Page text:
Hameray Classroom Literacy Blog

Creating a Wall Story with Shared Reading

By Marisa Morales

Students need to be immersed in a print-rich environment where they are given various opportunities to practice authentic reading and writing. Shared reading is one way that teachers can provide real-life literacy activities that engage all students at any language level. By mimicking lap stories read to children at home, shared reading instills a love of reading, creates community, and allows students to behave like readers with their teacher’s support. Shared reading teaches foundational literacy skills and early reading behaviors while simultaneously building students’ confidence as literacy learners.

In shared reading, an enlarged text is used so all students can see the print. There are a variety of options teachers can choose as the source of the text. A few examples include commercially published big books, texts enlarged using a document camera, teacher- or student-made books, poems and chants, or a wall story.

A wall story is a highly engaging resource that can be used for shared reading and is loved by students throughout the year during their independent reading time. Wall stories can be a retelling or innovation of a commercially published book and can also be related to a theme or concept currently being studied. The storyline can be created by the teacher or the students but is usually written by the teacher to ensure legibility. The students typically illustrate it. As indicated by its name, the wall story is posted on the wall for easy access by the children and can later be formatted into a book.

Es un reptil, Colección Caleidoscopio, Spanish leveled readers, Hameray Publishing

In this example, students read the big book Es un reptil, by Debbie Moeller, from Hameray’s Colección Caleidoscopio as a shared reading text.

The book has simple, repetitive text, with each page introducing a different reptile. As a follow-up to Es un reptil, the teacher creates a wall story about reptiles with a focus on punctuation. The teacher types the simple text in large, clear print, and the students use watercolors to paint the illustrations. The children feel ownership of the text because they participate in creating the illustrations.

Literacy Blog, Creating a Wall Story for Shared Reading, Dual Language, Spanish

Wall stories are a powerful resource in any primary classroom because they can be tailored to meet the needs of a teacher’s current group of students. The wall story based on Es un reptil could be made more complex by extending the second sentence on each page from one word to a more complex sentence:

Sí, un cocodrilo es un reptil. / Yes, a crocodile is a reptile.


Sí, un cocodrilo es un reptil porque tiene escamas. / Yes, a crocodile is a reptile because it has scales.

The concept could be made more complex by adding non-reptilian animals so that the answer varies between ‘sí / yes’ and ‘no.’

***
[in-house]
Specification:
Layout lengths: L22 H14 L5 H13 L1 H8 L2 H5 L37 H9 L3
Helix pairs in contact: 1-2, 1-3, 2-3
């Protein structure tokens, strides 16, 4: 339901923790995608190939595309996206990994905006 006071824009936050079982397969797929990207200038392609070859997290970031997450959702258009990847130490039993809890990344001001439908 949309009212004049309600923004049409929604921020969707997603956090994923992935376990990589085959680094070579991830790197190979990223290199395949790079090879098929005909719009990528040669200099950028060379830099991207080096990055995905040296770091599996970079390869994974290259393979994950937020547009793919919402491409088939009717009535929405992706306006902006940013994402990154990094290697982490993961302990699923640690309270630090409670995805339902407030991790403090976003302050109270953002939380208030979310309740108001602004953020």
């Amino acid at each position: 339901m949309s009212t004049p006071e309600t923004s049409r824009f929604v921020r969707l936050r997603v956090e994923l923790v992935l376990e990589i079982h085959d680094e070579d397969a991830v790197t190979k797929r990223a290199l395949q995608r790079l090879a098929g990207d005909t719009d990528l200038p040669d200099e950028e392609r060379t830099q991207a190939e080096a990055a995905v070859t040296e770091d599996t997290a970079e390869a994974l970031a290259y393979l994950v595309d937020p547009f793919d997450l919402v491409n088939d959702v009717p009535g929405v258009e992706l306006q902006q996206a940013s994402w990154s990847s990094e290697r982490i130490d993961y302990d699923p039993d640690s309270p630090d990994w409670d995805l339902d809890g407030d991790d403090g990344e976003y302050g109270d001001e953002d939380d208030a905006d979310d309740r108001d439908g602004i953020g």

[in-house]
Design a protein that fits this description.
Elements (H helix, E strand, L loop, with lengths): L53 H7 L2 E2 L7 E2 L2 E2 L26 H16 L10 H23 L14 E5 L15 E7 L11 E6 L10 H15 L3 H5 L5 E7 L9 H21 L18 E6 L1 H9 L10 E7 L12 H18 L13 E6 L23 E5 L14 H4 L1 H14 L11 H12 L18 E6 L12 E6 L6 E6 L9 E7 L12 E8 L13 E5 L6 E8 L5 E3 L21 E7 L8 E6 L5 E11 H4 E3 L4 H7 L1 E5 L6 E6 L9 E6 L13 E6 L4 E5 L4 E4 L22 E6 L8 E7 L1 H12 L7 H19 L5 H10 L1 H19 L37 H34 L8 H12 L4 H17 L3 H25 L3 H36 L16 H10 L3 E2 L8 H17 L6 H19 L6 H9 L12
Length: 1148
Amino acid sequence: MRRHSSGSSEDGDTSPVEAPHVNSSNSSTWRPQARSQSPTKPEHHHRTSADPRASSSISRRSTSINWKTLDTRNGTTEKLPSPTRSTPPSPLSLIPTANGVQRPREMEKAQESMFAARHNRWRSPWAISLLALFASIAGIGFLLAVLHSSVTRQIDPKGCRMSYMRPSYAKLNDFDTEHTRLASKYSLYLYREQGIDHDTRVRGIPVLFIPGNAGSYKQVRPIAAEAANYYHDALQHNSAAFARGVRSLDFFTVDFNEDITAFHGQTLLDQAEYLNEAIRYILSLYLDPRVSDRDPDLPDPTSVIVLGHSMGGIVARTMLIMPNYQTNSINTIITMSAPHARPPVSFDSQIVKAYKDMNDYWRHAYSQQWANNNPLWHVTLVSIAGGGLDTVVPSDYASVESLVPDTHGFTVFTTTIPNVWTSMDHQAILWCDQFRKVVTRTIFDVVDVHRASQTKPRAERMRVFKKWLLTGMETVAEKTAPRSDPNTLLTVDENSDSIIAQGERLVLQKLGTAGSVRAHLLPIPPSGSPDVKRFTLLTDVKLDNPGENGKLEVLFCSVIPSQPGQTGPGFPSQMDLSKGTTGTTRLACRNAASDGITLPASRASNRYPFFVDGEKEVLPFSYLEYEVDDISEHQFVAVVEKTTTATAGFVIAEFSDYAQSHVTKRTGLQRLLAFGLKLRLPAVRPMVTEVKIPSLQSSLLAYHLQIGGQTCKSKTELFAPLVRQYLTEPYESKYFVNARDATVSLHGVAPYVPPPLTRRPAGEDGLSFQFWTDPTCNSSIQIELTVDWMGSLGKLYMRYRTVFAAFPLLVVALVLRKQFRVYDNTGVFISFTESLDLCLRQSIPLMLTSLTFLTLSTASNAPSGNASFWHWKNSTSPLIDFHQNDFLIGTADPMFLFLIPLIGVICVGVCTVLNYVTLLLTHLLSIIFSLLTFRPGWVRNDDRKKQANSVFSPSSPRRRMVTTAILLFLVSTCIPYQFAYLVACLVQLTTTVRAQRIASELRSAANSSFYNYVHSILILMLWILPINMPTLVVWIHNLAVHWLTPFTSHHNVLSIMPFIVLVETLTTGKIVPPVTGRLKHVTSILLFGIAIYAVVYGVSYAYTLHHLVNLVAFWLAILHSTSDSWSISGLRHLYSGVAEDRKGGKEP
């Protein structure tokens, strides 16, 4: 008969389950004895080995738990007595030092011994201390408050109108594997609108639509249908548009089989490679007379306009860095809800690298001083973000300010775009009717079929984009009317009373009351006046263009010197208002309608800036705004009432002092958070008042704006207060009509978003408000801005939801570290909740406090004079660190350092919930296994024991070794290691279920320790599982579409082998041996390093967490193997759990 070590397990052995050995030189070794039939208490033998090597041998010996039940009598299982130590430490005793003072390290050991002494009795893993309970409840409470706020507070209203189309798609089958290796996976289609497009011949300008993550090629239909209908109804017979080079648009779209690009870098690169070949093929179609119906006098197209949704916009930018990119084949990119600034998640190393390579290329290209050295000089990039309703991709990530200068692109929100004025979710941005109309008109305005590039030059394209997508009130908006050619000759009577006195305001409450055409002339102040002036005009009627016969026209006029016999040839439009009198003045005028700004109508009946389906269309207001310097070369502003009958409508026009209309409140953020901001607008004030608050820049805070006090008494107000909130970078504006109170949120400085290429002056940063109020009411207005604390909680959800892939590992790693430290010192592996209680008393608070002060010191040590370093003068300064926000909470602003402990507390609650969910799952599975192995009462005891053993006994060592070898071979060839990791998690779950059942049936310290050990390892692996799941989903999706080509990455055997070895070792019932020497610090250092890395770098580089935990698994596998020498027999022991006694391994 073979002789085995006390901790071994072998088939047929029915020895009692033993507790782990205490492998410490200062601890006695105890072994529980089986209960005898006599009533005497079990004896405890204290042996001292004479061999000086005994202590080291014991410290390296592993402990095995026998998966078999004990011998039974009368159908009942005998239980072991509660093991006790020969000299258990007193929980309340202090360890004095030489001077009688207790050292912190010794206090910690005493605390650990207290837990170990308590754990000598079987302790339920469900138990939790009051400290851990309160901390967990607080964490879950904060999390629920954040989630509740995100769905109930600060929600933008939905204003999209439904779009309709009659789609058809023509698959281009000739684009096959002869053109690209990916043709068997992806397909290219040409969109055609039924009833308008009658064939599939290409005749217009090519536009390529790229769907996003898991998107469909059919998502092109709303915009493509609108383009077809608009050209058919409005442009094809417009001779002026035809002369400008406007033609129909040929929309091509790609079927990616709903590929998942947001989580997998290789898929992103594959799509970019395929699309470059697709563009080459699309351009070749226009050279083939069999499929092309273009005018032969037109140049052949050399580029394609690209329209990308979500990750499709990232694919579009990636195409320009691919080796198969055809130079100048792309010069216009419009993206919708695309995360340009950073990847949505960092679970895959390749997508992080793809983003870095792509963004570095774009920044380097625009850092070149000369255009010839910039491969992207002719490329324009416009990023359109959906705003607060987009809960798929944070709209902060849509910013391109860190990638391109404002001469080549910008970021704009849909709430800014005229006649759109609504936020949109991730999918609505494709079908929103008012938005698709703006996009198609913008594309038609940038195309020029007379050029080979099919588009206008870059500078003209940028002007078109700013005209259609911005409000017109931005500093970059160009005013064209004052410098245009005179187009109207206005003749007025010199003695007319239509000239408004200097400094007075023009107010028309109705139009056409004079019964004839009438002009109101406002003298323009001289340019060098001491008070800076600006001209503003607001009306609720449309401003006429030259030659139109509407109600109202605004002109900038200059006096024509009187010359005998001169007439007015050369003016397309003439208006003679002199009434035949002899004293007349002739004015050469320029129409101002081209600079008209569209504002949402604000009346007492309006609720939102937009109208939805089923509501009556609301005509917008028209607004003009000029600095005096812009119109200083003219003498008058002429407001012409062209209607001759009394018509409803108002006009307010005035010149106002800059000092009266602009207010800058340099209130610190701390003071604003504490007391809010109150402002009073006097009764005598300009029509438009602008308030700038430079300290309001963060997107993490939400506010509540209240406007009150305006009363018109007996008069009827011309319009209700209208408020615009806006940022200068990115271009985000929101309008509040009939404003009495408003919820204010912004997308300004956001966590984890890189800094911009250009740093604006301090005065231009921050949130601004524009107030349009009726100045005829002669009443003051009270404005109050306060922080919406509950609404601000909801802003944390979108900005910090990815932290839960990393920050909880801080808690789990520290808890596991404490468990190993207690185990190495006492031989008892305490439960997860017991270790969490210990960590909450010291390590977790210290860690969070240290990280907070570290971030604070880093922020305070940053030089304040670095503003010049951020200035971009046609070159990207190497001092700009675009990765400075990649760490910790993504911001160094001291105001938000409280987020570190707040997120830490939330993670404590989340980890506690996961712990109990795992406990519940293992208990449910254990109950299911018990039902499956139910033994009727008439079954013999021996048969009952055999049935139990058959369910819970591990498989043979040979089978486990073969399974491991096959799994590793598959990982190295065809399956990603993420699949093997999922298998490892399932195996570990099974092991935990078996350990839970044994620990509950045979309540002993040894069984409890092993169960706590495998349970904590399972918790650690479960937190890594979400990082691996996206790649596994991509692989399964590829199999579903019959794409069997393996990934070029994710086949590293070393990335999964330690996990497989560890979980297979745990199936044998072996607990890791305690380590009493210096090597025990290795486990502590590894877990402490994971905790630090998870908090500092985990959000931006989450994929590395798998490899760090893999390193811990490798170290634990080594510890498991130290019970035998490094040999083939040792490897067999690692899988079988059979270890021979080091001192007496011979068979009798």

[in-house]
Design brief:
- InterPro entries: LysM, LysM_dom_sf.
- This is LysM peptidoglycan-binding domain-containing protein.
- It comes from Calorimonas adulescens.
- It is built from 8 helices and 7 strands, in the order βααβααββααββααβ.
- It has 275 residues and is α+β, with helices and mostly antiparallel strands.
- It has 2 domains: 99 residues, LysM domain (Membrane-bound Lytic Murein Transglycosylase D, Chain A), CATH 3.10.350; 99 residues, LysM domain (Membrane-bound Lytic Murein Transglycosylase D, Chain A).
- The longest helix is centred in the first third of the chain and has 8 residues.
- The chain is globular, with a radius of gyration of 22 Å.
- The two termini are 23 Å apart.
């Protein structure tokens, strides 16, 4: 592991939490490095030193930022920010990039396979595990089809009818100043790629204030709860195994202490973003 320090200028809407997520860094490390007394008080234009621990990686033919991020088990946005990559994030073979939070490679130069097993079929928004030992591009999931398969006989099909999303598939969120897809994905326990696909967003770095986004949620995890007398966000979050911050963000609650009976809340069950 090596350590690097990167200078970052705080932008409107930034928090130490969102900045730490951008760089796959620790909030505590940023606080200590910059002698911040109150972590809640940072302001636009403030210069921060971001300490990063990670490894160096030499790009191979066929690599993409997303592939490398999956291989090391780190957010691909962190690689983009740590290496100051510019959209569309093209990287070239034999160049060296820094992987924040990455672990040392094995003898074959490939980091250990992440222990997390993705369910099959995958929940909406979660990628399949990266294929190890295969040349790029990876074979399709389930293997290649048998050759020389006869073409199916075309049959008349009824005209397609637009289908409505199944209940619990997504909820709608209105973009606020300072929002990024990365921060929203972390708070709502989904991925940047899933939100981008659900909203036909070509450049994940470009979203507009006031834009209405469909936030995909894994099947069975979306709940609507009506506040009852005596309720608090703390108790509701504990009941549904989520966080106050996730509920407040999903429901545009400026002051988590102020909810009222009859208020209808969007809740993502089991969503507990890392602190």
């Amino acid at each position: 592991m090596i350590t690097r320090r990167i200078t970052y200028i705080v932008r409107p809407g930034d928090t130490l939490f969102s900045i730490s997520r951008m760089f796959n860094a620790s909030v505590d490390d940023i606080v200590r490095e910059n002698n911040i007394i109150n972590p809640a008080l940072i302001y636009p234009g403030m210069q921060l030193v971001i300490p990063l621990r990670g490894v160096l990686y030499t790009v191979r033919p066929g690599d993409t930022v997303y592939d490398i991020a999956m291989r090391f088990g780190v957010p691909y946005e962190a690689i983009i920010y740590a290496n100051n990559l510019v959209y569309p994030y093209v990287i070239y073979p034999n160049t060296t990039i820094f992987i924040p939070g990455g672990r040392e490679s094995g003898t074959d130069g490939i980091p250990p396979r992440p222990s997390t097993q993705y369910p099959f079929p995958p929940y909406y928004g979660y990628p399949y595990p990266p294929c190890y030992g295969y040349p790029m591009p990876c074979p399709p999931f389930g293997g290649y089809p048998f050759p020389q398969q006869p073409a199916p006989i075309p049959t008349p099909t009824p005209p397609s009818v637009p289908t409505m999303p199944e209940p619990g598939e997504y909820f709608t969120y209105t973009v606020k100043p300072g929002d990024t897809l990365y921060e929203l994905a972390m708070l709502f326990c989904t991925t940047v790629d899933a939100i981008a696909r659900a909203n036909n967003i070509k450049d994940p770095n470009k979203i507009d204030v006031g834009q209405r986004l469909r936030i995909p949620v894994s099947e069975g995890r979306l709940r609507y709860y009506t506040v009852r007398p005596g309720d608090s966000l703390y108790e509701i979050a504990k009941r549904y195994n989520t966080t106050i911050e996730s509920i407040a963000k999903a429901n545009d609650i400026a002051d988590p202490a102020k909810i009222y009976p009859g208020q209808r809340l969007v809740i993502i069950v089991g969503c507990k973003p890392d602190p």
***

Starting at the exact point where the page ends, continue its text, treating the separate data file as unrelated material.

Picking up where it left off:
An additional feature of the wall story is the matching text. Each page of the wall story has a separate card that matches the text on that page. Students match the cards with the pages of the text, ensuring they attend to the print. Various text and print features can be emphasized when students match text, depending on the teacher’s focus and the level of the students.

   Literacy Blog, Creating a Wall Story for Shared Reading, Dual Language, Spanish

Another example of a wall story is an innovation on the book Tortillas los domingos by Christine Jojola, another big book in Hameray’s Colección Caleidoscopio. Tortillas los domingos is a story about a group of siblings who make tortillas with their abuelita every Sunday. 

Tortillas los domingos, Colección Caleidoscopio, Spanish leveled readers, Hameray Publishing

A fun and easy wall story that kindergarten and first graders love to make and read after enjoying Tortillas los domingos has a simple text pattern: Mis amigos y yo nos comemos (insert #) tortillas. ¡Estamos llenos! / My friends and I ate (insert #) tortillas. We are full!

cy Blog, Creating a Wall Story for Shared Reading, Dual Language, SpanishLike before, the teacher has control over the level of text difficulty and can ensure that the complexity of the wall story matches the needs of her learners. In this example, students create the tortillas by tearing circles from construction paper, repeatedly crumpling the paper, and using crayons to color the tortillas.

cy Blog, Creating a Wall Story for Shared Reading, Dual Language, Spanish

Shared reading is an integral component of the primary classroom, and wall stories are a creative text resource that students of all literacy and language levels eagerly engage in. These stories often become class favorites and are revisited countless times throughout the year. Teachers can create wall stories that support and challenge their learners while simultaneously building a love of reading.


Colección Caleidoscopio comprises 180 wonderfully diverse Spanish leveled readers, both fiction and nonfiction, with 30 big books to choose from. Various authors and illustration styles keep the content fresh as your student moves to higher levels. Guided reading levels A–K. Also available in English.

Colección Caleidoscopio, Spanish leveled readers, Hameray Publishing


Marisa Morales has been teaching for over 25 years. She has spent the last 14 years as a Reading Recovery/Descubriendo la Lectura Teacher Leader in Washington State. Marisa started her teaching career as a K-5 Special Education teacher and taught bilingual first grade for several years. She is passionate about teaching struggling readers, particularly students learning to read in Spanish.